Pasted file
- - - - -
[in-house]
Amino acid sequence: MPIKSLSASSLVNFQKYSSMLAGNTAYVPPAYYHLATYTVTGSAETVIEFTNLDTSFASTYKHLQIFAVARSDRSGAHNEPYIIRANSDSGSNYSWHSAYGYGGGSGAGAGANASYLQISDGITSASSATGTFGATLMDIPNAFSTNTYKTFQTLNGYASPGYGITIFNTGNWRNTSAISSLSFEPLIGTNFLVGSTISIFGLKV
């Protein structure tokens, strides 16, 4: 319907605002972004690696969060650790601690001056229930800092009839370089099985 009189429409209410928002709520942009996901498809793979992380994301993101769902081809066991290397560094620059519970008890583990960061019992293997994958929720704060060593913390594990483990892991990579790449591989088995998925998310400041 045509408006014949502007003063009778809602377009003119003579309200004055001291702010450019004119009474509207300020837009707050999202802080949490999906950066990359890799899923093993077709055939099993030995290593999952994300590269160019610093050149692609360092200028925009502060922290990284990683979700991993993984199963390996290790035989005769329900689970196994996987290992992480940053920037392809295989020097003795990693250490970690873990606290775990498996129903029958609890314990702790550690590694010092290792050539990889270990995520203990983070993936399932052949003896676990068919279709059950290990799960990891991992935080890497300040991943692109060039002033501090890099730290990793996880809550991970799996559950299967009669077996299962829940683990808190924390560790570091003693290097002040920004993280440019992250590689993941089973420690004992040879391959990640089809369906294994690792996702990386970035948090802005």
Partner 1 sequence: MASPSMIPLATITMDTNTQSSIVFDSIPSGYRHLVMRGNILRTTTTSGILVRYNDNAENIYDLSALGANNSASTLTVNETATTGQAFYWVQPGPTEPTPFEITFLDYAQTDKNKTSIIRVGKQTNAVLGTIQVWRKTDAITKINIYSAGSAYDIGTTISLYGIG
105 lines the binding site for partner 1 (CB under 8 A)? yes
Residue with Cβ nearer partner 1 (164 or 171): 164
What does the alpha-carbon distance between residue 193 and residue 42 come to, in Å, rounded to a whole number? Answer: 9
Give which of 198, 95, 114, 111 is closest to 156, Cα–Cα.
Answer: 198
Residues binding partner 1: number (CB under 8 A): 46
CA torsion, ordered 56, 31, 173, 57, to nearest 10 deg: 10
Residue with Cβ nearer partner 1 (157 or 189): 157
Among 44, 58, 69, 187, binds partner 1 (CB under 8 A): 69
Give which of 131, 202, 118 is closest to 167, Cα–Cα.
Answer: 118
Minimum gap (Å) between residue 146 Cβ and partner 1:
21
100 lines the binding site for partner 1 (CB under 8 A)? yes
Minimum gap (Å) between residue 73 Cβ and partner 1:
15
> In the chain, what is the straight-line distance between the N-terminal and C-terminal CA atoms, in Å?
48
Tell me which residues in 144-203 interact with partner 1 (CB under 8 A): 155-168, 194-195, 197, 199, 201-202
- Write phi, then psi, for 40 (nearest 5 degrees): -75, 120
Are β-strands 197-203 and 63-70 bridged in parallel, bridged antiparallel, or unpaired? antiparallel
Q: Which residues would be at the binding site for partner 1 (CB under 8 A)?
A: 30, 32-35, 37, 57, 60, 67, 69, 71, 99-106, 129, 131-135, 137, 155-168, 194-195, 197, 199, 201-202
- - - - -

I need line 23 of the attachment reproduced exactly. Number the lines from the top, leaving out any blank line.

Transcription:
Tell me which residues in 144-203 interact with partner 1 (CB under 8 A): 155-168, 194-195, 197, 199, 201-202